“I love a good sandwich with lots of protein,” Josh said, as if to make me feel better. “Makes me strong and fast.” The football player in him clapped his hands together and rubbed them like even lunchtime was a competitive sport.

I was tempted to push the rest of my turkey sandwich in his direction so he could enjoy it, or inspect it for protein levels, but thankfully caught myself. He had a full plate of shepherd’s pie in front of him. And besides, passing a half-eaten sandwich to someone you barely know is just weird. “It’s good, too!” I said, cringing inwardly at my overenthusiasm.

Claire slid her golden-brown hair behind her ear as she doodled. It wasn’t a picture, just her name in big, embellished letters. Her full name first: Claire Isabella Rochester. Then just her middle name with a loop from the last a all the way around to the I. Then just “Claire” in letters so ornate I decided someone should name an opera after her.

My name wasn’t nearly as pretty. Loann Rochester. No middle.

Lo, as in low—the story of my life. Low man on the family totem pole, low grades in school, and a full six inches shorter than Claire. Then there’s the second half: Ann—aka ordinary. Take everything flashy in the world: metallic eye shadow, sparkly clothes, red sports cars—Claire—and wipe it all off the face of the earth. Basically, I’d be what’s left. I’ve always wondered if people grow into their names or if it’s just one big coincidence when someone like me ends up with a name like Loann.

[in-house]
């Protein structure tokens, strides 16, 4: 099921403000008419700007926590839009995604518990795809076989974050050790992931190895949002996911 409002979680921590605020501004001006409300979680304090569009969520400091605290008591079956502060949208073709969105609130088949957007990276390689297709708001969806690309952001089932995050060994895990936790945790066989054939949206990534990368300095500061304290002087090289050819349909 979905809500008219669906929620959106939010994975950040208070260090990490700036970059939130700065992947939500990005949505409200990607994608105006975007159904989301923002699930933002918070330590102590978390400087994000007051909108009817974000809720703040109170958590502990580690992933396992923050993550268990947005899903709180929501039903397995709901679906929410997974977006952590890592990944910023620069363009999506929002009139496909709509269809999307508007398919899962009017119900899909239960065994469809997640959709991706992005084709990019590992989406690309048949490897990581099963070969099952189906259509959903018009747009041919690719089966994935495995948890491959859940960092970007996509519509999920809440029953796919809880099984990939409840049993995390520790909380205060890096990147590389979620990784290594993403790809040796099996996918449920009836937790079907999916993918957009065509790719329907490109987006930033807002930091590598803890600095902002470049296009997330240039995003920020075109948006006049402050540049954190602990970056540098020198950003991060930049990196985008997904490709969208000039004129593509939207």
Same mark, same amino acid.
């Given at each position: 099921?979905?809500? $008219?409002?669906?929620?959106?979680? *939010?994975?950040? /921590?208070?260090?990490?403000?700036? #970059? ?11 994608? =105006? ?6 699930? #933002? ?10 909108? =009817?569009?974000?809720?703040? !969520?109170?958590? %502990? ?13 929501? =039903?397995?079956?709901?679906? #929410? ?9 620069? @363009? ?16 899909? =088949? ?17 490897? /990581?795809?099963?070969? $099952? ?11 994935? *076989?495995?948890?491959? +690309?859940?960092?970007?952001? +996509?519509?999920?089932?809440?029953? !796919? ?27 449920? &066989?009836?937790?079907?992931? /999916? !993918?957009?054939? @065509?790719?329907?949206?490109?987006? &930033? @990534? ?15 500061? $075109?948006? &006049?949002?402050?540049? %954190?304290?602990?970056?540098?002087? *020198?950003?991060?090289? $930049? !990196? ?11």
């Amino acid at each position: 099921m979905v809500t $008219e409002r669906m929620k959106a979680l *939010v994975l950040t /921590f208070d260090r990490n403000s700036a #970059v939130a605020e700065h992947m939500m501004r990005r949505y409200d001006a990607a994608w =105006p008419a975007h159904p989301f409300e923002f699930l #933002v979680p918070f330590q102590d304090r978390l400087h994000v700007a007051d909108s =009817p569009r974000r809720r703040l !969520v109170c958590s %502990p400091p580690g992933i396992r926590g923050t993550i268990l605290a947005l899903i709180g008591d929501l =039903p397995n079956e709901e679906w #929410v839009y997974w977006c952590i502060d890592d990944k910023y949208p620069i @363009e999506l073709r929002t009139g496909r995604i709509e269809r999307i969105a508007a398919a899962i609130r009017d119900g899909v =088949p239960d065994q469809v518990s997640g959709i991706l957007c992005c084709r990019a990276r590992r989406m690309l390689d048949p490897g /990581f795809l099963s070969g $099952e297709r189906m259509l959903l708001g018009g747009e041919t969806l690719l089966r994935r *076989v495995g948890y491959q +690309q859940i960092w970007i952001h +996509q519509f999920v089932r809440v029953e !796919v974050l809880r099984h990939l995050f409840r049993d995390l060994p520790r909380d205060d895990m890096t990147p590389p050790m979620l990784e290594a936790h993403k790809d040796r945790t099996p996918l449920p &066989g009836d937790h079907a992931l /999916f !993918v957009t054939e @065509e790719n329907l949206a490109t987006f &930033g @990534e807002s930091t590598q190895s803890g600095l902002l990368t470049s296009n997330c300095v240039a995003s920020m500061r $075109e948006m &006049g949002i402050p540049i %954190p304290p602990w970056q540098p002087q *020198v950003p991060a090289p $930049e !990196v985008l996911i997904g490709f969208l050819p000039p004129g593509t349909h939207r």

As if Josh could sense my insecurity, I swear his foot touched the top of my sneaker. Nibbling at my crust, I waited a second to see if he’d do it again.

A little blond Superman curl fell onto his forehead and I had the urge to reach up and twirl it in my fingers.

He caught me looking and, pulled on the curl, letting it spring back up again, like he was teasing me with it.

Then. He winked.

I breathed in through my nose slowly and convinced myself I’d misread it or it was nothing or maybe he was just being nice because it was my birthday or sandwiches and shepherd’s pie gave him a homey feeling and I reminded him of his sister. Or maybe, oh, I don’t know, maybe he was just way too nice, and why couldn’t I stop thinking about my sister’s boyfriend?

My stomach started to bulge with a turkey sandwich and about a million acrobatic, caffeine-overdosing butterflies. The girls at the table all laughed at some joke I missed. I took one deep breath after another, trying to bring my body temperature down from a boiling point.

Laz stood, saying something about wrestling practice and a coach and something else I didn’t hear. Jasmine gathered her things and said she’d go with him. To wrestling practice? Whatever. They were pretty much Siamese twins.

But Laz obviously had the same thought. “You can’t come into the locker room, hon. You know that.”